and this being a romance novel, of course they fall for each other.
This book isn’t my usual wheelhouse, I’m not generally much of a romance reader and it’s quite a bit steamier than I expected, but it explores relationships, personality and social differences, family dynamics and consent in a way that’s refreshing and unexpected. At its heart is understanding, communication and acceptance. I can’t wait to read what Hoang writes next. 5/5 stars ⭐️

Review posted on Instagram: https://www.instagram.com/p/BvPtdyzH86-/

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Review: Black Klansman

Review: Black Klansman by Ron Stallworth

This is a fascinating story — a black detective who infiltrates the KKK in early ’70s Colorado Springs. Honestly that was the biggest draw for me, I grew up in CS and was truly interested in that aspect of the story, as it’s certainly not a story I’ve heard about my home town, nor really expected. The undercover investigation and the dealings with the various KKK members was interesting but I would have liked to have more. It just sort of ended without any resolution, no followup, no afterward about what became of those Klan members or the Organization in Colorado.
Good premise, sort of lacked a culmination I think. 3/5 stars ⭐️

on Instagram: https://www.instagram.com/p/Bu7RWXaACm-/

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Review: Less

Less by Andrew Sean Greer

This book wasn’t what I expected, which is fine, for some reason I had it in my mind that it was a comedy, which it’s not (though there is some humor.) It is, however, an exquisitely written mid-life crisis, told through the misadventures of Arthur Less, a character on the verge of his 50th birthday, traveling the world to escape the heartache of his long-time, not-really-boyfriend’s impending wedding.
Arthur isn’t a particularly likable character, he’s sort of a perpetual plus-one, having lived his life in the shadows of (mostly) men who are beloved, admired, attractive, and larger than life.
The writing in this book is outstanding. Several times I found myself admiring a description or passage in a way I don’t often experience, even in books I enjoyed more than this one. I enjoyed this book, the writing especially, and the way it wraps up at the end. 4/5 stars ⭐️

Items mentioned in this post may contain affiliate links which means if you click and make a purchase, I will receive referral compensation at no additional cost to you. And let’s be honest, I will use to buy more books.

Review: The Eagle Tree

The Eagle Tree by Ned Hayes

This is the sweet story of a boy named March who loves trees and his (mis)adventures exploring and climbing them. Last year I created a neurodiveristy reading list to read more books with neurodivergent characters and this was recommended by some other book lists. March is on the Autism Spectrum so he does have some challenges with personal relationships and social thinking, but he’s smart and passionate, he is surrounded by people who care about him and who want to see him thrive. His uncle taught him to climb trees and he hasn’t stopped since. Now he’s 14 and adjusting to his parents separation and moving to a new house, but from this new house he finds The Eagle Tree, a giant old-growth tree, hundreds of years old and unusual for the area, which is slated to be knocked down to make a new home development. He becomes obsessed with the tree and his desire to climb it and it pushes him out of his comfortable routine and he has to face fears and challenges to try to save it.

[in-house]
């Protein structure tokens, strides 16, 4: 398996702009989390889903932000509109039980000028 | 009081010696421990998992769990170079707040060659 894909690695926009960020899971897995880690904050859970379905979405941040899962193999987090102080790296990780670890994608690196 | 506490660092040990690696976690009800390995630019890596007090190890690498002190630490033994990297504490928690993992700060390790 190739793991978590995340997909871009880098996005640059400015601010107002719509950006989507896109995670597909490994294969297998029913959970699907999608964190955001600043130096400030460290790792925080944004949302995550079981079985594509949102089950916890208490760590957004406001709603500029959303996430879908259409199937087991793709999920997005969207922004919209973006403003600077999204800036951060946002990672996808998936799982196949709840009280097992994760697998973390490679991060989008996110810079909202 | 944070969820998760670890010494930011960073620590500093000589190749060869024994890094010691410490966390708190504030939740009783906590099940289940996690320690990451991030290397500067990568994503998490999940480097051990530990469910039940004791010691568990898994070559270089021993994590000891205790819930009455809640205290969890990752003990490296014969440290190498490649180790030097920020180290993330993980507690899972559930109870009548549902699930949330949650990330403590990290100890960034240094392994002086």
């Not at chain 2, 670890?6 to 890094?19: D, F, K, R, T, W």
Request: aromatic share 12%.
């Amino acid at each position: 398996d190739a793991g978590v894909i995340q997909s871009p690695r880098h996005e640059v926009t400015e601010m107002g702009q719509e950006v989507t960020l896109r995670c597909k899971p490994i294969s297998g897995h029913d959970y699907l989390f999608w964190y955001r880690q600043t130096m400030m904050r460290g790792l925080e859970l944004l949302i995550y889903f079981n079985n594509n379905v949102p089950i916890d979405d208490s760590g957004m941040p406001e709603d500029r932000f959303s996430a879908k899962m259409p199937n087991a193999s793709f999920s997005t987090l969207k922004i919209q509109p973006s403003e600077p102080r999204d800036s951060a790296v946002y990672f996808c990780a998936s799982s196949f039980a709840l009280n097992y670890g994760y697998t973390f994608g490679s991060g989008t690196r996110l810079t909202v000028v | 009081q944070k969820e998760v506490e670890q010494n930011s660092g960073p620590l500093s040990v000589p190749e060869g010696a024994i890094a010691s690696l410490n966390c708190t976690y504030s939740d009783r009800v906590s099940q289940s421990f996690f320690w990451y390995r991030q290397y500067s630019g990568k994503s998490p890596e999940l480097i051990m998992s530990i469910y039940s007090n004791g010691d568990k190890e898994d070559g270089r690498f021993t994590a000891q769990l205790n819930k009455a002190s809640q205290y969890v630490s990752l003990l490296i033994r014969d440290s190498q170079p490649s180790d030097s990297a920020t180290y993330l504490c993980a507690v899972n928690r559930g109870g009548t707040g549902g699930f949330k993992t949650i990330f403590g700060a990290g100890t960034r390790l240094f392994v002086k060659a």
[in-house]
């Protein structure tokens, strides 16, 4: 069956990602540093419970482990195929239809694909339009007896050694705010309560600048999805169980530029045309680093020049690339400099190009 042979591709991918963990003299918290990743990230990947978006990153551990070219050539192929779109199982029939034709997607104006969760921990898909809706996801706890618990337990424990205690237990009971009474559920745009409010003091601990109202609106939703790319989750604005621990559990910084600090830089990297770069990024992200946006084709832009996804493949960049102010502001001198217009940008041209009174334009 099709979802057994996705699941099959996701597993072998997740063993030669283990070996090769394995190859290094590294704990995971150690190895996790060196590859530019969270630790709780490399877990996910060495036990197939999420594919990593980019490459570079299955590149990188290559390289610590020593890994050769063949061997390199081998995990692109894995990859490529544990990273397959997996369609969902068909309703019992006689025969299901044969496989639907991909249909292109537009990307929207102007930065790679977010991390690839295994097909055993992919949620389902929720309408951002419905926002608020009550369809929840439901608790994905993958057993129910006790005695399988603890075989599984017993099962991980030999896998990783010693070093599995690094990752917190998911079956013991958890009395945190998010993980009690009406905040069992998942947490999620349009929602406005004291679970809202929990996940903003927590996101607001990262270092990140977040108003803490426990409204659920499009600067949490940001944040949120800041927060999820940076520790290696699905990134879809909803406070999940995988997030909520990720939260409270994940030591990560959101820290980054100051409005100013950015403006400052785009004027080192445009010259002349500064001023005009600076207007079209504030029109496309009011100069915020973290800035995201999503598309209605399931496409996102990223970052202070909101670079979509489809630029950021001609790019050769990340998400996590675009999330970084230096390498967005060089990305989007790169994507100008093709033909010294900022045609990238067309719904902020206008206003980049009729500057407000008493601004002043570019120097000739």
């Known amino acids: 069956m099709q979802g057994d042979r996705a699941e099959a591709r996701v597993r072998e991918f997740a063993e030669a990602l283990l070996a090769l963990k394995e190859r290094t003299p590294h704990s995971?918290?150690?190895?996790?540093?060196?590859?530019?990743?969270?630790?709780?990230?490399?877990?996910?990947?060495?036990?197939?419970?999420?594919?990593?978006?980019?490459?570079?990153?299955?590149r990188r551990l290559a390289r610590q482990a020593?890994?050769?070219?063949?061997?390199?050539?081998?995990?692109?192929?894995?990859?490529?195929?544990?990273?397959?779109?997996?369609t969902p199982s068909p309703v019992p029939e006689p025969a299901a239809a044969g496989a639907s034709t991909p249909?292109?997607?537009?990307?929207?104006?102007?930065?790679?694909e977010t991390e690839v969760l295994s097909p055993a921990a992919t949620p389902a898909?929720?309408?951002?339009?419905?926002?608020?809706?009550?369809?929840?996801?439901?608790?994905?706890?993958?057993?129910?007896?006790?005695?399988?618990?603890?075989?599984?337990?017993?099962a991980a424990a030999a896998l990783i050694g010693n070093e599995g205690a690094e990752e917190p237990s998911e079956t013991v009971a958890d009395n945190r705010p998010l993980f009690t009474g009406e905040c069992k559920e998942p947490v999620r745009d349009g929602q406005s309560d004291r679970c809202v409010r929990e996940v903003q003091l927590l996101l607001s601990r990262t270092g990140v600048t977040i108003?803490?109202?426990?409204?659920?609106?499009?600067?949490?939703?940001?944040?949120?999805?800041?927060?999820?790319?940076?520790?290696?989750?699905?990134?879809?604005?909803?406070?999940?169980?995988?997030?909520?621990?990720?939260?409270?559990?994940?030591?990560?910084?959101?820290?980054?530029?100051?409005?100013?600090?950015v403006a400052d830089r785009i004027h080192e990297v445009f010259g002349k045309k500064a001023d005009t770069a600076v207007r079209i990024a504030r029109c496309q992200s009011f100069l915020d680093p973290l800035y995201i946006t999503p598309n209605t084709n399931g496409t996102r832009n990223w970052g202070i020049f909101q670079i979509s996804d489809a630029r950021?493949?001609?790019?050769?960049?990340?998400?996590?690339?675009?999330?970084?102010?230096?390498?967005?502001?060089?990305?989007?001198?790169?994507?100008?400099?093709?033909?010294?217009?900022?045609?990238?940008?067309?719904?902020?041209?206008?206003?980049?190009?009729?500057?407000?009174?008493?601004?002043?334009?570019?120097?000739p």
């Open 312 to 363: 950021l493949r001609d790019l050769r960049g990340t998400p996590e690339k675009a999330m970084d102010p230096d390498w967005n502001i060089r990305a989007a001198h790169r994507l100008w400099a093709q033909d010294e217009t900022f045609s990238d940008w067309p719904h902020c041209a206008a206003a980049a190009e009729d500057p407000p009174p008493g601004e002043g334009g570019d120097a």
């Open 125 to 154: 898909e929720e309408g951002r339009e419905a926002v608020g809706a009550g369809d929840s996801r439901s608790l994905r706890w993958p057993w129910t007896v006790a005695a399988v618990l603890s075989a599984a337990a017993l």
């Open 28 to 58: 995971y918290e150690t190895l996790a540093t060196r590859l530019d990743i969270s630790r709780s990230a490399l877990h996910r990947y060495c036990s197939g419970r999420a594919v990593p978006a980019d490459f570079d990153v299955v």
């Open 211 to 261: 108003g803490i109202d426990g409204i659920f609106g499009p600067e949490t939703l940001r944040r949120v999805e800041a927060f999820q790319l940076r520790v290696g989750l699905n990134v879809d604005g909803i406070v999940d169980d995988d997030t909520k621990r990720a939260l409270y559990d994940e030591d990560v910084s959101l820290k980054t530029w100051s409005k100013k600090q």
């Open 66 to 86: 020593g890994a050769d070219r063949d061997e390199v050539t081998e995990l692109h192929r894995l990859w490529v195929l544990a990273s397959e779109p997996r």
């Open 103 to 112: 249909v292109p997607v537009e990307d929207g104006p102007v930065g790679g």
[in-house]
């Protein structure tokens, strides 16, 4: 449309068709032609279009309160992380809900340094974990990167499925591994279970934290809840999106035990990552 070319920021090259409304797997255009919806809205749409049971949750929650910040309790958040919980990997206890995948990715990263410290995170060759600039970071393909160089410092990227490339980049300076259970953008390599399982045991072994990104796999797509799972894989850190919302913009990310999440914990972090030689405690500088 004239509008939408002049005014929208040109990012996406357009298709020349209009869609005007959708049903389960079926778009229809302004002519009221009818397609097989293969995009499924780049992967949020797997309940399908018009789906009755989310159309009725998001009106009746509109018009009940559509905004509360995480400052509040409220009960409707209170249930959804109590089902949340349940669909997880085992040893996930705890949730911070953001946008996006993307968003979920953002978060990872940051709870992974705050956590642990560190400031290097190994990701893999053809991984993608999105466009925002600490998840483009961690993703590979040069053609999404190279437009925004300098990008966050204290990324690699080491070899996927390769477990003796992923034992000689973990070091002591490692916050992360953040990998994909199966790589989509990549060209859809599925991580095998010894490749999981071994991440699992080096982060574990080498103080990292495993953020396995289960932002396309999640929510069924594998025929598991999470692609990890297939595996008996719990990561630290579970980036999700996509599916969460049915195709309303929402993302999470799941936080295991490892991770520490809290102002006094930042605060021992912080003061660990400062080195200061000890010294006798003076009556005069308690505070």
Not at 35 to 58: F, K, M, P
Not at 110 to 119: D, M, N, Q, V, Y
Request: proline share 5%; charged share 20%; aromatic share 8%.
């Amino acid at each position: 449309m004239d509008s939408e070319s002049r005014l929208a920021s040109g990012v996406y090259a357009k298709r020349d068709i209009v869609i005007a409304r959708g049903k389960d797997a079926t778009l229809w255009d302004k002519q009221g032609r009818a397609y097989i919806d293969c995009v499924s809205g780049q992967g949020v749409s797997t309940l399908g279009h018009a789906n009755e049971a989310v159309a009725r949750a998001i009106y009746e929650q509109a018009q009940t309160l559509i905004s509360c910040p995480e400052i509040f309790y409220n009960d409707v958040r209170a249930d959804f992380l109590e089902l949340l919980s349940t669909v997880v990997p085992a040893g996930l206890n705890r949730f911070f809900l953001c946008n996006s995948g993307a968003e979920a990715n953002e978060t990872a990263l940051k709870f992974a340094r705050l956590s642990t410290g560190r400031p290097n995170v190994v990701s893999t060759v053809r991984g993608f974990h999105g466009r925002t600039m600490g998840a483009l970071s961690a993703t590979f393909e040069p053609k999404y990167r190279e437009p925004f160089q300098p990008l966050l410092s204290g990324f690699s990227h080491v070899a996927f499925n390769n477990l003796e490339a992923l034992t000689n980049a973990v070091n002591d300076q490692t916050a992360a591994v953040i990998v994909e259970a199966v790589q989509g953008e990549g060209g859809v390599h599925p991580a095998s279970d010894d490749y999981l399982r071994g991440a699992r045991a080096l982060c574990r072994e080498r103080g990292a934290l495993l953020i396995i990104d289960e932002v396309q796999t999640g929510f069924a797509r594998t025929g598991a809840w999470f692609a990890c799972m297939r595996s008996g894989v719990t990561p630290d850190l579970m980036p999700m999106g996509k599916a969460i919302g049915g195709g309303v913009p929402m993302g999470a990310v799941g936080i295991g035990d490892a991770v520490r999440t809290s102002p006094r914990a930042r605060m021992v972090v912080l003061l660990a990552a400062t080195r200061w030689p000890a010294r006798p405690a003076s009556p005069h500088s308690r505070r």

The author is not on the autism spectrum but said in the afterward that he’s worked several years with kids who are, and I found his portrayal of autism’s quirks to be genuine and not too stereotypical. I truly enjoyed this book and March’s inner dialogue, it is a little heavy on details about trees but I think that perfectly illustrates how unwavering and all-encompassing fixations can be with those on the spectrum. 4.5/5 stars ⭐️

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Review: The Devil in the White City

The Devil in the White City by Erik Larson

I was inspired by an post on Instagram encouraging reading books that have been on your shelf a long time. This one has probably been unread on my shelf the longest, seriously years and years. I was vaguely familiar with the HH Holmes story because it came up in a crime literature class in college, but I wanted to know more, plus this book has been hyped forever.
I’m glad I read it but I can’t say it’s a favorite. I found it very slow for the first 2/3 and it almost seems like two books, the story of Burnham and building the world’s fair and the HH Holmes creepy hotel of horror have very little overlap and each could stand alone. (Though tbh the building of the fair portions of the book weren’t that interesting to me and read more like a history textbook than I would like for a recreational read.) The history of Chicago was enjoyable
The last 50 or so pages redeemed the slowness of the bulk of the novel and increased my opinion of it. The whole book is incredibly well researched and intelligent, but there were so many peripheral characters in the architecture portion I just wanted to fast forward through some of those chapters.
I will definitely look forward to checking out Jackson park next time we are in Chicago, I didn’t realize the museum of science and industry is built on the north end of the park where the world’s fair took place, we’ve visited that museum dozens of times and had no idea.
I feel like I am the last person on earth to read this book so there’s nothing new in this review, but I’m happy to have one book no longer languishing on my shelf. 3.5/5 stars ⭐️

Items mentioned in this post may contain affiliate links which means if you click and make a purchase, I will receive referral compensation at no additional cost to you. And let’s be honest, I will use to buy more books.